Guy Bakewell (31) is a herd owning sharemilker selling raw milk onfarm to help pay off his dairy cows faster.
Among other changes, the new regulations require individual producers to register under a regulated control scheme.
Village Milk, which had set up a small network of franchises, is no longer offering franchises because it can no longer take responsibility for individual farmers’ compliance. However, it will now act as a consultant to help farmers meet the regulations, advise on and install the specialised vending equipment and set up under their own branding.
The new regulations took effect from March 1, with existing raw milk providers given until November 1 to comply.
Village Milk managing director Richard Houston says many people around the country were concerned they would not be able to get supplies after that time but he says the new rules are “good for the product and good for the consumer”.
Houston says the main requirement is that farmers must adhere to strict monitoring, testing and hygiene protocols. While responsible raw milk suppliers will already be maintaining good hygiene, Village Milk can provide formal management plans for them to put into practice, he says.
With guidance from Village Milk, Mark Williams, of Aylesbury, 30km west of Christchurch, is about to launch his own raw milk under the Aylesbury Creamery brand and hopes to be selling in a week or two. His main herd of about 500 will continue supplying Fonterra, but he has chosen nine young cows for raw milk supply and is already milking them separately under the stricter protocols.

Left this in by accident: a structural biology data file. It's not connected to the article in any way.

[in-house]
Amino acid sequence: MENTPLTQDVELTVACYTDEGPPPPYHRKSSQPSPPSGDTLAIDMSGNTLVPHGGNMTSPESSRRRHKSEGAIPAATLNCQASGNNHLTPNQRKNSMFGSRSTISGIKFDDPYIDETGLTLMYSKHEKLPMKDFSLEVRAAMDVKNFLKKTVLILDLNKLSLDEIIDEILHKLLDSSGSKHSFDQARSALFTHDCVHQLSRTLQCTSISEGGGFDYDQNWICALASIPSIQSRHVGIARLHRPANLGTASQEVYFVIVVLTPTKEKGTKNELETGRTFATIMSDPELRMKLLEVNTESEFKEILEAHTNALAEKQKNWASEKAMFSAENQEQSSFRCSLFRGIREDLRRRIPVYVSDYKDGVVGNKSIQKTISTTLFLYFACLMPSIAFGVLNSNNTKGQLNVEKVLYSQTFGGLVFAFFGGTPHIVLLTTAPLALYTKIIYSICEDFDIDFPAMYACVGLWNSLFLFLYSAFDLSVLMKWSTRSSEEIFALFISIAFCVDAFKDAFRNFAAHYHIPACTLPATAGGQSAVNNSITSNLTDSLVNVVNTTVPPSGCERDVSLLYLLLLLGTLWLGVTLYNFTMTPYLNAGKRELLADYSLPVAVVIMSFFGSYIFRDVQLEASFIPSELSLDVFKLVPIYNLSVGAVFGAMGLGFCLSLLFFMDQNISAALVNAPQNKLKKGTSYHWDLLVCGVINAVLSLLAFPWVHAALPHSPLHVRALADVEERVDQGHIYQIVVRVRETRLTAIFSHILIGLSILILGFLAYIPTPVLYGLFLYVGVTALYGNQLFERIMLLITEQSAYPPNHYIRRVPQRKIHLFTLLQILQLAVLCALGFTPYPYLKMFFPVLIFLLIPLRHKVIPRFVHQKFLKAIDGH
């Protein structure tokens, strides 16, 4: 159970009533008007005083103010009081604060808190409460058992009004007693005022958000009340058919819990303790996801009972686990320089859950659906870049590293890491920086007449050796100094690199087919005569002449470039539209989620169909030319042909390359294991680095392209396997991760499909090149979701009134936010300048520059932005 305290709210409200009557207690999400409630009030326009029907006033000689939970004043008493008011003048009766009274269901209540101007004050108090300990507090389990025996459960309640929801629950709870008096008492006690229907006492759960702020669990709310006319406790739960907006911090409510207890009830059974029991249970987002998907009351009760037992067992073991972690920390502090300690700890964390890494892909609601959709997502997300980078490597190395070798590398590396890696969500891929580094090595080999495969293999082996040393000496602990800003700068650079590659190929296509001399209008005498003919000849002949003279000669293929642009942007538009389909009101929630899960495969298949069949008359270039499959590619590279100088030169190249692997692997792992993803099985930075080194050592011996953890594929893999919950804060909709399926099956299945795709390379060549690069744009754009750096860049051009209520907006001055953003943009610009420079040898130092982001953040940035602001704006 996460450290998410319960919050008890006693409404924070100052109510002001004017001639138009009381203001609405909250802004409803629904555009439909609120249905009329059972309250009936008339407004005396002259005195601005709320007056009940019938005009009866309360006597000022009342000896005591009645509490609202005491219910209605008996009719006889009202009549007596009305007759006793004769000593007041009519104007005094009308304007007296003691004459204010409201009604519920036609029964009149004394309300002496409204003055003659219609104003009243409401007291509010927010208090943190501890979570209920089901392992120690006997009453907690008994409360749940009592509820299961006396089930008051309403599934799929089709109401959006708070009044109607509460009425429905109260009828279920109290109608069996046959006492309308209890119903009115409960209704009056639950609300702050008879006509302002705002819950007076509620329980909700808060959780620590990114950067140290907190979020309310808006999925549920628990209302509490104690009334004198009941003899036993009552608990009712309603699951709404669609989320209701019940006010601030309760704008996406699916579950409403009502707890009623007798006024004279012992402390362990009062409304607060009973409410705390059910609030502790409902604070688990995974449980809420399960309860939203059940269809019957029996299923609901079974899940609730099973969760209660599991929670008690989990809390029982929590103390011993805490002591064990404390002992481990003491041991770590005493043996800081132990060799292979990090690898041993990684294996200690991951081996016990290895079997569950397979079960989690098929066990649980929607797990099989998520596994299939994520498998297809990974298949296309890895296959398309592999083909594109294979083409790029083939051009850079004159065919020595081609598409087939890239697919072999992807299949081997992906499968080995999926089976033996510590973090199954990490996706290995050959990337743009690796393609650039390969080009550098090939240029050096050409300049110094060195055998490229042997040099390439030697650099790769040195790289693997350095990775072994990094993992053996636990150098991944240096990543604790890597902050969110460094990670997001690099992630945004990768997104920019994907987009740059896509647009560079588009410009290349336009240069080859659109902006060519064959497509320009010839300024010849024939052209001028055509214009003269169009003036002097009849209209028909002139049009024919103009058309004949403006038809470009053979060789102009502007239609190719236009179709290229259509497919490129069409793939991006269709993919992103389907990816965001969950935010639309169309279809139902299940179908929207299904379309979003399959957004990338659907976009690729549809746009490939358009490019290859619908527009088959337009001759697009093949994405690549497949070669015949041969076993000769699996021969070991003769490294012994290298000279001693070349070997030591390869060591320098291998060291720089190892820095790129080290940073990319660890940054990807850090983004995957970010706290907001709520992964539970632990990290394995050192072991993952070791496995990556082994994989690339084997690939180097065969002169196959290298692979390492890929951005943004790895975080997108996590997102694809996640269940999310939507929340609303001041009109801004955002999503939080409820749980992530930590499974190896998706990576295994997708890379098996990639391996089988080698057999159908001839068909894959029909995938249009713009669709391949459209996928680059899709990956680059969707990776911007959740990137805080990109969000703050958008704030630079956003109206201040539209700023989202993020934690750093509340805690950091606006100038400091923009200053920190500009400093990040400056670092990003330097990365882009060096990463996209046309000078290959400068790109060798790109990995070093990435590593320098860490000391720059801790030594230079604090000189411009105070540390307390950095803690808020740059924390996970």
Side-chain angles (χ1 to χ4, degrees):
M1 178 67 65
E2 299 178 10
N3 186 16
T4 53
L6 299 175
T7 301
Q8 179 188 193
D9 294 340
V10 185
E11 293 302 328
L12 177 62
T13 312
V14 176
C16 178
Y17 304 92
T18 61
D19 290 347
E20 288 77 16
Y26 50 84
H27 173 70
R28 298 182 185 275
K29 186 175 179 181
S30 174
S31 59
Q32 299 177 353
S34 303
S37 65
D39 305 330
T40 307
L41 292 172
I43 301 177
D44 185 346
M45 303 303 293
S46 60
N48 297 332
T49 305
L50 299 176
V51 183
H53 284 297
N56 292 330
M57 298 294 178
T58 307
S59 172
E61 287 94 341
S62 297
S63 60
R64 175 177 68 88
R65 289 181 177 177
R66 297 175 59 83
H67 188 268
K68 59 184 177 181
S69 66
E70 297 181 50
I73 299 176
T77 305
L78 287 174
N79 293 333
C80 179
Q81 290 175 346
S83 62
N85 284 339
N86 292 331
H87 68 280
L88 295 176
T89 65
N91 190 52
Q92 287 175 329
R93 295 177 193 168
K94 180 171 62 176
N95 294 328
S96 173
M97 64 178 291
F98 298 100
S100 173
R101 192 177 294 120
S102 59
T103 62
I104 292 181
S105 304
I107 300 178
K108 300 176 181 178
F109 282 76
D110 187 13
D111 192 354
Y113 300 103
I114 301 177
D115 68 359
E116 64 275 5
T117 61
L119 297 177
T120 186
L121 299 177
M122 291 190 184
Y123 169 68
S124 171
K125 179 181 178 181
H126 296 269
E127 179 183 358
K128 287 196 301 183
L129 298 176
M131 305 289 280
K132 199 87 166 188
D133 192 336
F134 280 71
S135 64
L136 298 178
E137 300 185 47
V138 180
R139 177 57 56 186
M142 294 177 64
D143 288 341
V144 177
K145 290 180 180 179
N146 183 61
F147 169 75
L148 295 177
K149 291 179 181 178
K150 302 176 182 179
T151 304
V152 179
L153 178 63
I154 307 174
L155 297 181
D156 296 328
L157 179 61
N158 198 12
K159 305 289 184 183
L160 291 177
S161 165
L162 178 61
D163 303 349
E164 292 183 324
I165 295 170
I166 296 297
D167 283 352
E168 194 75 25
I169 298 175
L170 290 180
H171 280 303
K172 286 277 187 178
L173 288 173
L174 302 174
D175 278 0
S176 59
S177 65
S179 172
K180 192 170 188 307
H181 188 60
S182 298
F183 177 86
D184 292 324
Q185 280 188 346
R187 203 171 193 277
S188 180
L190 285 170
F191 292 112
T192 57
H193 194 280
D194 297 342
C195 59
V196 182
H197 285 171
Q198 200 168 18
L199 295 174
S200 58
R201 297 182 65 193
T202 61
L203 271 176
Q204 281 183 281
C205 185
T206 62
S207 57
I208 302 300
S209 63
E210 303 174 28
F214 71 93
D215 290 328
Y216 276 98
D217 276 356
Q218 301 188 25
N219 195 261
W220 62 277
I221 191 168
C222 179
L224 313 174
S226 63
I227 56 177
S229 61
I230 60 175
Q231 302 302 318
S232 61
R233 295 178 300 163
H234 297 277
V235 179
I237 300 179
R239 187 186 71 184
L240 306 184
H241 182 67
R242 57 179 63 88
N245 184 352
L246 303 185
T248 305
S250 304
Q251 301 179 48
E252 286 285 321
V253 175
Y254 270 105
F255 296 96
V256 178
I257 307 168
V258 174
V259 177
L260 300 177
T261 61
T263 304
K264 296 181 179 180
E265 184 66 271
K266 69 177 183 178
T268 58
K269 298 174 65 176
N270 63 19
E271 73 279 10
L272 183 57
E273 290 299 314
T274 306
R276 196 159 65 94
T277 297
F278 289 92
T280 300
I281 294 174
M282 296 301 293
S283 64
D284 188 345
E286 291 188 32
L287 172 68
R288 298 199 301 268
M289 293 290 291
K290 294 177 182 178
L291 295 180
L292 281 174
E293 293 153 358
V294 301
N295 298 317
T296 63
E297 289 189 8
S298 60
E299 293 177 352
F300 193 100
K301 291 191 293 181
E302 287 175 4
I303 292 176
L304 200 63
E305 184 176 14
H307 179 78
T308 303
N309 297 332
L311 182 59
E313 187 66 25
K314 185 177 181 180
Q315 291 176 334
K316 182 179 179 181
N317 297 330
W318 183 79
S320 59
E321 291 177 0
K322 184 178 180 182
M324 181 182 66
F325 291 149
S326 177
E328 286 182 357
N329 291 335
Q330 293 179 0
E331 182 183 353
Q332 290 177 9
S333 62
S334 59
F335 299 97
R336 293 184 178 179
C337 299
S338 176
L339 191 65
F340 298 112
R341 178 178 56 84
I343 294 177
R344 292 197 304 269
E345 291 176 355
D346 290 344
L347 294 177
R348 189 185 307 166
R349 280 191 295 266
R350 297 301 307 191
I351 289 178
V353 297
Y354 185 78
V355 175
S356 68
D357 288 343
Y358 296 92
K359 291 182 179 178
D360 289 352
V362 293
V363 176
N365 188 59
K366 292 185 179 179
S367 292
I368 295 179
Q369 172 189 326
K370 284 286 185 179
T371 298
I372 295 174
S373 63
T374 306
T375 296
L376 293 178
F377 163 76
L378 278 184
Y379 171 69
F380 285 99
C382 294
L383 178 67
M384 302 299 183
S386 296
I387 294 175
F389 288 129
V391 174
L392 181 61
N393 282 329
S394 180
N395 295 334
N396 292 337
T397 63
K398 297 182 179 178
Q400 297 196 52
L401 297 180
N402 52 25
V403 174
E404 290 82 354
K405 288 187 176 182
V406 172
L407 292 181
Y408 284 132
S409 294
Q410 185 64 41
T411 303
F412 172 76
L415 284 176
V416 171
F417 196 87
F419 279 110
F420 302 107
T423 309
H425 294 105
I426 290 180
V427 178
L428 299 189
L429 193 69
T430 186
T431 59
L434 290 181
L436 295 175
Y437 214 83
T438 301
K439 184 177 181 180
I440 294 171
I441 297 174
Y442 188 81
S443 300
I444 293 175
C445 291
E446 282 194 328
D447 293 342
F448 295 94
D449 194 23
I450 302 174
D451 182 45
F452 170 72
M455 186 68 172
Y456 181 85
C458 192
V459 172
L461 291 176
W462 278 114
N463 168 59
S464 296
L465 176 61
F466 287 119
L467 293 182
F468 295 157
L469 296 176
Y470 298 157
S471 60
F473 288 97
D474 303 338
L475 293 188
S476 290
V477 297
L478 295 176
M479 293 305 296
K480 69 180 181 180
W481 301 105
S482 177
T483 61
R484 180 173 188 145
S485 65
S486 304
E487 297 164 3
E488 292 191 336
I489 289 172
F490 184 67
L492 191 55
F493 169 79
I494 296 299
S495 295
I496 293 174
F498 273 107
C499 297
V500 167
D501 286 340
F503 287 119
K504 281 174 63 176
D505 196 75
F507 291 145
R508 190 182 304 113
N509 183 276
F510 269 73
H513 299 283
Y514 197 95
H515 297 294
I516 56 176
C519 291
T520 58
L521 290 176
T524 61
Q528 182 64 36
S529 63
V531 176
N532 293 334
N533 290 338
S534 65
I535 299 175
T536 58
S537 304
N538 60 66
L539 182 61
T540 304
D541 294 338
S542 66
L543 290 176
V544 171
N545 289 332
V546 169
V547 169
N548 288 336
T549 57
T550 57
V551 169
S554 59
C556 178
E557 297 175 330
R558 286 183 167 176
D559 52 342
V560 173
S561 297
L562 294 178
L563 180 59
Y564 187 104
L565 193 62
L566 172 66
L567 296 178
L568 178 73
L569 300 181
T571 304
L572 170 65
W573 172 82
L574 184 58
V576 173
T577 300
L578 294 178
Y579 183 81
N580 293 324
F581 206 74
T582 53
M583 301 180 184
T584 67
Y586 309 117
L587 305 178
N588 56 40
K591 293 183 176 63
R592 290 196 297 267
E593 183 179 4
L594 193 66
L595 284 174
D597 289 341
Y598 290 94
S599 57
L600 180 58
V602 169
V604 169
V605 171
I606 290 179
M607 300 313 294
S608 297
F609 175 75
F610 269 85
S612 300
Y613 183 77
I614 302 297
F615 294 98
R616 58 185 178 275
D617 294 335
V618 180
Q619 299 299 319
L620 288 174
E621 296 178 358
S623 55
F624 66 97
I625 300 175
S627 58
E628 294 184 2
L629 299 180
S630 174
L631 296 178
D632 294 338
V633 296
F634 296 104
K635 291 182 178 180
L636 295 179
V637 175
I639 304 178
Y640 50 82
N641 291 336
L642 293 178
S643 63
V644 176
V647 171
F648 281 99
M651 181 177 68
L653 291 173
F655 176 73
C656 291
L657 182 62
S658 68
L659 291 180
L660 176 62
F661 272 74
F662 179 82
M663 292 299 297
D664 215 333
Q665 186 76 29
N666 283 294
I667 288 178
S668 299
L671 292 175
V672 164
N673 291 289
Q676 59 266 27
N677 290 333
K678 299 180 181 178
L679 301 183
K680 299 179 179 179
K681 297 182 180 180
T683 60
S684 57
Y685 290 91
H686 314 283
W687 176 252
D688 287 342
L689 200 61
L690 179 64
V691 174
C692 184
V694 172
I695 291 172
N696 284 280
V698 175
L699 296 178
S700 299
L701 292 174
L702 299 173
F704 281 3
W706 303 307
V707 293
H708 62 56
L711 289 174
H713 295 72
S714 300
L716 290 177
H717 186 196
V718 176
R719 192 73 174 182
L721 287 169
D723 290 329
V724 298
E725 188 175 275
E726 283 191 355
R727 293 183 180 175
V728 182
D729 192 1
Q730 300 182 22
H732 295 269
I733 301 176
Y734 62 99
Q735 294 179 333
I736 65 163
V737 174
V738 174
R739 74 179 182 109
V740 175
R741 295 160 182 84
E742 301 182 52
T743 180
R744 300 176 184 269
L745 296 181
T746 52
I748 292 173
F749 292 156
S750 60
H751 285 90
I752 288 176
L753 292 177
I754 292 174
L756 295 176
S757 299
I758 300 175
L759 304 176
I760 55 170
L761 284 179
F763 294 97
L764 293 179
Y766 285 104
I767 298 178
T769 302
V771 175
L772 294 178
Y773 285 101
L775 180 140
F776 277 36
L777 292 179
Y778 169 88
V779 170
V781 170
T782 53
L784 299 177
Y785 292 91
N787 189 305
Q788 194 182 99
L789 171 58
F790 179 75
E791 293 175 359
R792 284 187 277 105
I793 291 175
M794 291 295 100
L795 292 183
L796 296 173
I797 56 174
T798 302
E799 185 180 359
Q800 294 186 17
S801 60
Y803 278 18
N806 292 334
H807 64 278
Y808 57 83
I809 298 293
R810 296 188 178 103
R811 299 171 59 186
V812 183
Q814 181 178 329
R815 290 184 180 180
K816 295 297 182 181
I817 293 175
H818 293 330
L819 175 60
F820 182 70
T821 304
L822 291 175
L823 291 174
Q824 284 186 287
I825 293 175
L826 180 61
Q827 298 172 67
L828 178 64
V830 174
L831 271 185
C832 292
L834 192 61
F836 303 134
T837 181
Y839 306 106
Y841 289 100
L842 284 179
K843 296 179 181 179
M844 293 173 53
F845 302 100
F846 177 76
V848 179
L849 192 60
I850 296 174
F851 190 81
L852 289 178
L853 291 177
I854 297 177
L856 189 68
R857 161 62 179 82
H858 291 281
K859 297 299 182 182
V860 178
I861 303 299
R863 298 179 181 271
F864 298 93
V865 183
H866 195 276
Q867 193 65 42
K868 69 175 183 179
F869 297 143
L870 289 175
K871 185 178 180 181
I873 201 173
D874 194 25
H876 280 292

He has bought new testing equipment and refrigeration plant and two Italian vending machines, one to sell reusable glass bottles and the other to dispense the chilled milk. Both will accept cash or a pre-loaded loyalty card.
One of the new regulations requires bottles to be labelled with health warnings, and Williams’ branding will be carried on dishwasher-proof labels on the bottles, which customers can date with a whiteboard marker and bring back to the farm for refilling.
A staunch advocate of raw milk, Houston says its value lies in the natural flora it contains. Customers believe raw milk helps dispel ailments such as asthma, excema and psoriasis.
As long as proper hygiene is followed, dangerous bacteria such as E Coli should not be present, he says. “We’ve come a long way from the day when we had to start pasteurising milk.”
Houston says pasteurisation kills all bugs in milk, but the dead bacteria stay in the milk and will eventually rot, making it rancid. But the natural flora of raw milk maintain a balance, so instead of going rancid the milk will naturally turn into a kind of cheese after a couple of weeks.
Houston says cleanliness in the milking shed is “massive.” “Probably half of the milking procedure is preparation before you even put the cups on.”
Cows that appear off-colour will not be used, and all cows’ teats are carefully inspected and manually cleaned with water and antiseptic iodine sprays. The milk itself is checked for the clumpiness that may indicate mastitis, before the cups are applied.
- Only farmers meeting the requirements may register to sell raw milk
- Off-farm collection points are not allowed
- Raw milk must be labelled with use-by dates, information on refrigeration, contact details of the farmer, and specific warnings for consumers in high-risk groups such as the young, pregnant, elderly and those with weakened immune systems
- Consumers may buy as much as they like for their own consumption but it cannot resold in any form
- Farmers must keep a register of customers – albeit voluntary.